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US commission lists new countries where religious freedom is under threat

07 May 2024


Sisters of the Missionaries of Charity in New Delhi last Friday at a vigil to mark the first anniversary of the violent clashes between ethnic and religious groups in Manipur

Sisters of the Missionaries of Charity in New Delhi last Friday at a vigil to mark the first anniversary of the violent clashes between ethnic and rel...

INDIA has rejected as “propaganda” a US report on religious freedom that urged President Biden to place India on a list of countries of particular concern.

The annual report from the US Commission on International Religious Freedom (USCIRF) was published last week. The commission is an independent agency that recommends countries for designation as of particular concern (CPCs), where there is evidence of severe violations of religious freedom.

The US President and administration is not required to accept the recommendations, and, for four years now, the US government has declined the USCIRF recommendation to designate India as a CPC.

The commissioner of USCIRF, Dr Stephen Schneck, argued that the US needed to “move the needle a little bit more” to stand up for religious freedom. “In general, globally, we’re seeing freedom of religion and freedom of belief more and more challenged. Something is afoot in world history at this moment, which seems to be encouraging governments to weaponise against specific religions within their territory, and that’s very concerning,” he said.

He referred to a global rise in anti-Semitism and in anti-Muslim hatred, which started before the 7 October attacks but had accelerated since. And, he said, persecution of Christians had continued and was widespread, particularly in China and Nigeria. In Nigeria, at least 8222 deaths of Christians in violence were recorded in 2023.

USCIRF’s latest report recommends adding Afghanistan, Azerbaijan, India, Nigeria, and Vietnam to the list of CPCs. This would be in addition to the 12 countries given the designation by the State Department in December: Burma, China, Cuba, Eritrea, Iran, Nicaragua, North Korea, Pakistan, Russia, Saudi Arabia, Tajikistan, and Turkmenistan.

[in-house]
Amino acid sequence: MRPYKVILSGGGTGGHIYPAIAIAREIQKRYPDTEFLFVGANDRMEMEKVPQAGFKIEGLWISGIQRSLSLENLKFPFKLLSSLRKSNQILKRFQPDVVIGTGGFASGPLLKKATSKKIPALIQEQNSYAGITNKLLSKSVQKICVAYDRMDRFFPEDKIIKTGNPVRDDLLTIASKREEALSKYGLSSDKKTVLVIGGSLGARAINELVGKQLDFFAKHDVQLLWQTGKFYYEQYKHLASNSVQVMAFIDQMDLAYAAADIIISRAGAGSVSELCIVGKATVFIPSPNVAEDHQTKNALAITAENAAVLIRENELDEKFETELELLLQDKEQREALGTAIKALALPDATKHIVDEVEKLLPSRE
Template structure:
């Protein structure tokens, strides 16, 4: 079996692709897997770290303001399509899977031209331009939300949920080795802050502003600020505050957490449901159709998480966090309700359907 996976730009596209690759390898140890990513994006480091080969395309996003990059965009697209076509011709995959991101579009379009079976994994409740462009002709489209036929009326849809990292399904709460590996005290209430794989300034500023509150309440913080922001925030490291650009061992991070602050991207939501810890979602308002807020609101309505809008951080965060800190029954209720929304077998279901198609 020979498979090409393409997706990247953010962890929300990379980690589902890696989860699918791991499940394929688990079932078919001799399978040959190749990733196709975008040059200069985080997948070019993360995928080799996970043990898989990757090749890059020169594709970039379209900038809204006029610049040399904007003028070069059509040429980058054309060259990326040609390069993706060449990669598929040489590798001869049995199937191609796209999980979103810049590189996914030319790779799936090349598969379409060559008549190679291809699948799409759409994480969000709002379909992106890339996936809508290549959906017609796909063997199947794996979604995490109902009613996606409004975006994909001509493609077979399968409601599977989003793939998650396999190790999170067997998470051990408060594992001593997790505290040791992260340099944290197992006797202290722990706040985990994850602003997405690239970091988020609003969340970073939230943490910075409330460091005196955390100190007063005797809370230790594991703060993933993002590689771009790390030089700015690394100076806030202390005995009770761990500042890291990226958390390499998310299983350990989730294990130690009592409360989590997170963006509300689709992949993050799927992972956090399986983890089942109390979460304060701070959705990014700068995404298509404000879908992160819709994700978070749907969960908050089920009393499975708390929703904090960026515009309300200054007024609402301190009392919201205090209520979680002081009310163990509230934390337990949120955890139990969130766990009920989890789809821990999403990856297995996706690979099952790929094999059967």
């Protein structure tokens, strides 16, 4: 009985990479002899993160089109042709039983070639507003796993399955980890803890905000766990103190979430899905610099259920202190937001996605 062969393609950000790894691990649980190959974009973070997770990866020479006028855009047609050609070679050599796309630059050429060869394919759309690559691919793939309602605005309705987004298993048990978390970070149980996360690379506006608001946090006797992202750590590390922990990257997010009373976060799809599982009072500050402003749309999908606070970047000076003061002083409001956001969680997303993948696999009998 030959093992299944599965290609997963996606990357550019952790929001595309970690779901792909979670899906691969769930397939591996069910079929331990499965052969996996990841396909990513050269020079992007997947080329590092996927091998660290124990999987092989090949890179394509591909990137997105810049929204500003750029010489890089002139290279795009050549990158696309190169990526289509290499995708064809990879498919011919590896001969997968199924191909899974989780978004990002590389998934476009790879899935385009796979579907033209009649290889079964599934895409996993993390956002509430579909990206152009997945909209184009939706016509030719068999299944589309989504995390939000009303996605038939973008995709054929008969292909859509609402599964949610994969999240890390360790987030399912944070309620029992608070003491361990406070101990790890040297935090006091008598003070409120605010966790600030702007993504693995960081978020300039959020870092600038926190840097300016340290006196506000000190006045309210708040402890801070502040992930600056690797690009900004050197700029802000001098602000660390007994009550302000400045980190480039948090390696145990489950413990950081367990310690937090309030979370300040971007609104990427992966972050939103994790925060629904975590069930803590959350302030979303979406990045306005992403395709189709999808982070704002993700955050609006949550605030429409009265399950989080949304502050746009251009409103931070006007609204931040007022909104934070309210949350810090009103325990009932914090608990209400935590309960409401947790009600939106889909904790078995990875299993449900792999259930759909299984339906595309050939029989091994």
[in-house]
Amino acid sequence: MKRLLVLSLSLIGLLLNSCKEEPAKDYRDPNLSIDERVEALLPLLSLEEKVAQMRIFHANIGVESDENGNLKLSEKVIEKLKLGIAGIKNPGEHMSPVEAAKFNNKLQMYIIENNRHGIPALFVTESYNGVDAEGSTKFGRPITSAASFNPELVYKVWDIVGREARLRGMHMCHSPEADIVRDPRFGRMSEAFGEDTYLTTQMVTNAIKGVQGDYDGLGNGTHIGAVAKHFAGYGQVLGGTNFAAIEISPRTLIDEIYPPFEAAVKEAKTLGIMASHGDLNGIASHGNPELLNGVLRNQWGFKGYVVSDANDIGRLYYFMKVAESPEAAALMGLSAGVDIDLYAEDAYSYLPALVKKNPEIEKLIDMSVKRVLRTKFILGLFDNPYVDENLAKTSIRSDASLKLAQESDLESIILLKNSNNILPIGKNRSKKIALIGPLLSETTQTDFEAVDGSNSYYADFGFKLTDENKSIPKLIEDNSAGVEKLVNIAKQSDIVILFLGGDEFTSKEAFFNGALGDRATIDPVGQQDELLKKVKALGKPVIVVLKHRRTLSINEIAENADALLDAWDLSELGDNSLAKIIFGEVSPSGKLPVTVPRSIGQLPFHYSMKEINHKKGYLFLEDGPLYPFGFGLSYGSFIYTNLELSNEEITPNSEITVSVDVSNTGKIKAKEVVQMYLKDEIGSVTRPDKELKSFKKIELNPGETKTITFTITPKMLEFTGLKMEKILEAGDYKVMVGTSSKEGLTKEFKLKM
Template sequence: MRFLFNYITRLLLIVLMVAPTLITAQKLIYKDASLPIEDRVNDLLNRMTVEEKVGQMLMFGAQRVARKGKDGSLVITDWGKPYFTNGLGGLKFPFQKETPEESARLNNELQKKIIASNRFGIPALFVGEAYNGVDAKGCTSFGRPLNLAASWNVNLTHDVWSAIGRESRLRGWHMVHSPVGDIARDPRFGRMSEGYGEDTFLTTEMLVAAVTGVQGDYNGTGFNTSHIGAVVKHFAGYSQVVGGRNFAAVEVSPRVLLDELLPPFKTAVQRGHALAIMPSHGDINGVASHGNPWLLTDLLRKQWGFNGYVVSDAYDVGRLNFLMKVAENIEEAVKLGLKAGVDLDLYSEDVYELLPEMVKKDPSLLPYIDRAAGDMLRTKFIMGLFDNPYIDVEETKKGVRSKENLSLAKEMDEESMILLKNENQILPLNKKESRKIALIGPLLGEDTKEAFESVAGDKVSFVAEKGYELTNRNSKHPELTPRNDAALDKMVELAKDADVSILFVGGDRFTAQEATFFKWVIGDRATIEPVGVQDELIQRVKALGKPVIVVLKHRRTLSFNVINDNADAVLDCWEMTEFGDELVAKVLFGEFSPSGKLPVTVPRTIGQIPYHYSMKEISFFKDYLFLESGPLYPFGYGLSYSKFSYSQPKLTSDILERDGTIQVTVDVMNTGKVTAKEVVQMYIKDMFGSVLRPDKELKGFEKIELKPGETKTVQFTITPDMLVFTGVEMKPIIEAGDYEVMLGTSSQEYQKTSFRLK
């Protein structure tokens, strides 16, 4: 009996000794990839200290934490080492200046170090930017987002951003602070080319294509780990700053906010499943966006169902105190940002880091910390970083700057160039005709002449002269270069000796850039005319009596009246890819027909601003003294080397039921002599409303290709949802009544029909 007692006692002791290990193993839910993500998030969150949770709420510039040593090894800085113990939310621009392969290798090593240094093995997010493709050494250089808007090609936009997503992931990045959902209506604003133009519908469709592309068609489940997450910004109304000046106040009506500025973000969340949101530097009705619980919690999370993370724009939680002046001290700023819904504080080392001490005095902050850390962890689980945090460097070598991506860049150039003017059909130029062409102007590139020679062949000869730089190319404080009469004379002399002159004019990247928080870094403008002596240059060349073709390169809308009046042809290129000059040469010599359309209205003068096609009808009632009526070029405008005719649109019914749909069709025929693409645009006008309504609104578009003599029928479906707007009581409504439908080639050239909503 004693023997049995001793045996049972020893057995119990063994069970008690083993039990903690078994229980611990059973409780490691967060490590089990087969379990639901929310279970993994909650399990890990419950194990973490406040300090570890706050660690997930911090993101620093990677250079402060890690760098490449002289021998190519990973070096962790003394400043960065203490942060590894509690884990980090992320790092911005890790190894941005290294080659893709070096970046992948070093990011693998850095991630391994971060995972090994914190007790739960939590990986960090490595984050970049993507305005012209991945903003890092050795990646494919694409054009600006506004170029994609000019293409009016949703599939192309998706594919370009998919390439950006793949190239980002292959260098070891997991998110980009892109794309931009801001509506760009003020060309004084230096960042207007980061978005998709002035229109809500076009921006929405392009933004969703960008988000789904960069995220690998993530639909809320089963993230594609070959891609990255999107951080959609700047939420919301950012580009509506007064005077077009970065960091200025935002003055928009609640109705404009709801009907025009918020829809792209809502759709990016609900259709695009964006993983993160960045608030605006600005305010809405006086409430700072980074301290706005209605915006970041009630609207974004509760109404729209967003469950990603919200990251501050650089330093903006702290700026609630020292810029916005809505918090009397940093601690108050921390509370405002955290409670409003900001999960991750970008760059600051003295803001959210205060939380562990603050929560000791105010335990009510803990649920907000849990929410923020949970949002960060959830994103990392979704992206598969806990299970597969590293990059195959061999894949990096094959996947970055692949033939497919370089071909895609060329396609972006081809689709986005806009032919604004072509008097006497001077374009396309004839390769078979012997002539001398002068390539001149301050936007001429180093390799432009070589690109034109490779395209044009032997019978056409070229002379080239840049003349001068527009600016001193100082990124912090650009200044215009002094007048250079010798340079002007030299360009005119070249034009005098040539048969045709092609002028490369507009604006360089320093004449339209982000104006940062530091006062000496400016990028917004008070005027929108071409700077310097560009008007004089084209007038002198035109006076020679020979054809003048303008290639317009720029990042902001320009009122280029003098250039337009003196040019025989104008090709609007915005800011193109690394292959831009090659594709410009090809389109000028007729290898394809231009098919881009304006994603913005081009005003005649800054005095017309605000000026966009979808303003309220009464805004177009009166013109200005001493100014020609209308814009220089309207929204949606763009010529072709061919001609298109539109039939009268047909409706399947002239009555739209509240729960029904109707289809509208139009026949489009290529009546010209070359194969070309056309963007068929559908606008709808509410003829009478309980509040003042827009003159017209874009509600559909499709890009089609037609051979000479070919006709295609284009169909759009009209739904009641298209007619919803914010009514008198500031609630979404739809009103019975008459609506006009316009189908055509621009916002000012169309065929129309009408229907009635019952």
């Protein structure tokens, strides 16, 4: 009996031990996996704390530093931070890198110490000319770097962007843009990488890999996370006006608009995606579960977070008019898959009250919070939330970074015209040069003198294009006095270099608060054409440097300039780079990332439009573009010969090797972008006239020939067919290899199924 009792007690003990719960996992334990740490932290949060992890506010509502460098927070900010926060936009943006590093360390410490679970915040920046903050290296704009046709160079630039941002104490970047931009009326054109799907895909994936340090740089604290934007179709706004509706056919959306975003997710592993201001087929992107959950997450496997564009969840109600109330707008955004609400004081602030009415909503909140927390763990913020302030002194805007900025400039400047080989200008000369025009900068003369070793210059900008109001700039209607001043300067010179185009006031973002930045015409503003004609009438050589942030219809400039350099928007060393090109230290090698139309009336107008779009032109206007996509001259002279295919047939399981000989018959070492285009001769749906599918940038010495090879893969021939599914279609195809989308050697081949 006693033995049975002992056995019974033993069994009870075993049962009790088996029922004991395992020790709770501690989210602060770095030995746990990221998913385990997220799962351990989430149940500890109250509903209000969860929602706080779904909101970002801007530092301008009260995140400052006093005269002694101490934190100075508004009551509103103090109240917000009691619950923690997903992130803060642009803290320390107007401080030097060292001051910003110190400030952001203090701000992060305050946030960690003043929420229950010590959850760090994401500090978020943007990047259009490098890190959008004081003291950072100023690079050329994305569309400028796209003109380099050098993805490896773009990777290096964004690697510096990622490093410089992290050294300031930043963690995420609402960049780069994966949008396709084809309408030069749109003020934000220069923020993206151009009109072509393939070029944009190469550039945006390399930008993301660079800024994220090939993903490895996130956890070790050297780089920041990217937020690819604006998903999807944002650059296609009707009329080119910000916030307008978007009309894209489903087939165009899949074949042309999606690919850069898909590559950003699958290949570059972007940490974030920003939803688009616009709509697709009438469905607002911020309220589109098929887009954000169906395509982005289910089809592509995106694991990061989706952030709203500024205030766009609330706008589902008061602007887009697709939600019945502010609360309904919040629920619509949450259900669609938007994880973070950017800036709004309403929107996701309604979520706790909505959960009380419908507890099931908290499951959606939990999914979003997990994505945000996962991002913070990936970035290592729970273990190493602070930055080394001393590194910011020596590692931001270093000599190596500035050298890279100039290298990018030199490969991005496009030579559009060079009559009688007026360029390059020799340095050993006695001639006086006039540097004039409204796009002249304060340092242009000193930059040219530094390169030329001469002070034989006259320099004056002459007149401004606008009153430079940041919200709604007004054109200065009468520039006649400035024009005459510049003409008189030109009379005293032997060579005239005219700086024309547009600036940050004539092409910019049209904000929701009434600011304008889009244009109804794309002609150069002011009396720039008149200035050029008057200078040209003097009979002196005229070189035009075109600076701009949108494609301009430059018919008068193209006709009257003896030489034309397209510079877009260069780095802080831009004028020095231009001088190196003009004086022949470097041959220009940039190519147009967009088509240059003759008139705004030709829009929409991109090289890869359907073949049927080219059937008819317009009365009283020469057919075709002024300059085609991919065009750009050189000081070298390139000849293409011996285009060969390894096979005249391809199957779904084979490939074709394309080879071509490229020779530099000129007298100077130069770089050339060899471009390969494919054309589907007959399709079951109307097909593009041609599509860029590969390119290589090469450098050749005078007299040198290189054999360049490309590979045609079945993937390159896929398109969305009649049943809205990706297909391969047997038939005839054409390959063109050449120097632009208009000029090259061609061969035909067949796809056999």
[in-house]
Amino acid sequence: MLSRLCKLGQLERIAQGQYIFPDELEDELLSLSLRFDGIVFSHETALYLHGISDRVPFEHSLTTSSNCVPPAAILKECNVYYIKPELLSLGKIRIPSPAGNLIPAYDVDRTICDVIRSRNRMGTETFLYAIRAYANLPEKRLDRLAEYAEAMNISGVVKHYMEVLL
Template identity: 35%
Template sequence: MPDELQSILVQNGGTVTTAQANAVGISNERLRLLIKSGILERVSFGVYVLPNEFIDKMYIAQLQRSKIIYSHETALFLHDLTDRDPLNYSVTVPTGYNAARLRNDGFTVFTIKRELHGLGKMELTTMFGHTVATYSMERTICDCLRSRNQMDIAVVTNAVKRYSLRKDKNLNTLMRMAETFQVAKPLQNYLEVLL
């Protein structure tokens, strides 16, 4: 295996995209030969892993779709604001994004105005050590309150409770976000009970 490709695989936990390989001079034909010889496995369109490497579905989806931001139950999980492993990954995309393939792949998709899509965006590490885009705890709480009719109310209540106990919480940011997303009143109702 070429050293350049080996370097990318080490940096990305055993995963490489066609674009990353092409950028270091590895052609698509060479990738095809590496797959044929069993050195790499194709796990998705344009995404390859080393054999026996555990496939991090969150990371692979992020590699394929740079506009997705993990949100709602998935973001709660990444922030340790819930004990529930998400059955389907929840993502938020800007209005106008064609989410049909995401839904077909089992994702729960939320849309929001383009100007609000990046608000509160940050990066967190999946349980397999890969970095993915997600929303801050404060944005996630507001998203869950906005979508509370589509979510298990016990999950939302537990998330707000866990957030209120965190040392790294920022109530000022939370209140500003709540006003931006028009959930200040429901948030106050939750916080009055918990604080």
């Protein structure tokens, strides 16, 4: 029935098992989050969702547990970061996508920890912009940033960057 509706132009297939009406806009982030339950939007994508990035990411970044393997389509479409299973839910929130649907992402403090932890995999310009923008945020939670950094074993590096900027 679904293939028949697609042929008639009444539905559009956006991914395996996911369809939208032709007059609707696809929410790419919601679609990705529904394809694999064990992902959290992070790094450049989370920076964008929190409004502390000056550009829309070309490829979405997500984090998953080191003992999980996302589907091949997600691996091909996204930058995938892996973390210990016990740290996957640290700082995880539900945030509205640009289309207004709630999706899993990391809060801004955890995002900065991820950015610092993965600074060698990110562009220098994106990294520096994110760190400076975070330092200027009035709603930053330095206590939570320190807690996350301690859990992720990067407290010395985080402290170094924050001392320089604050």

Azerbaijan is on the recommended list of CPCs for the first time because of the continuing repression and control of activities of faith groups. The US government has not, in previous years, awarded CPC status to Nigeria, despite documentation of persecution of Christians, and the two countries have a “strong bilateral relationship”, the report noted.

Designation allows the government to impose economic penalties on a country if religious freedoms do not improve.

On India, the report highlighted the clashes in Manipur a year ago against the minority Christian Kuki community (News, 15 September 2023), referring to gang rapes and forced conversions, and the anti-conversion laws in 13 out of India’s 28 states, which have led to hundreds of arrests. About 400 churches have been destroyed.

A spokesperson for the Indian Ministry of External Affairs, Randhir Jaiswal, said that the report was “propaganda”, and that USCIRF did not understand “India’s diverse, pluralistic, and democratic ethos”. He accused the US of attempting to influence the outcome of the national elections that are currently under way in India.

USCIRF’s first report was issued in 2020, and focused primarily on Russia, China, and Sudan. The latest report said that China and Russia remain “among the world’s worst violators of their people’s religious freedom”.

It also recommends countries for a “special watch list”: one step down from designation as a CPC. This year, it recommends Egypt, Indonesia, Iraq, Kazakhstan, Kyrgyzstan, Malaysia, Sri Lanka, Syria, Turkey, and Uzbekistan.

Seven “non-state actors” should also be added to a list of Entity of Particular Concern, according to USCIRF: Al-Shabaab; Boko Haram; the Houthis; Hay’at Tahrir al-Sham; Islamic State Sahel Province; Islamic State West Africa Province; and Jama’at Nasr al-Islam wal Muslimin, which operates in the Sahel region of sub Saharan Africa.

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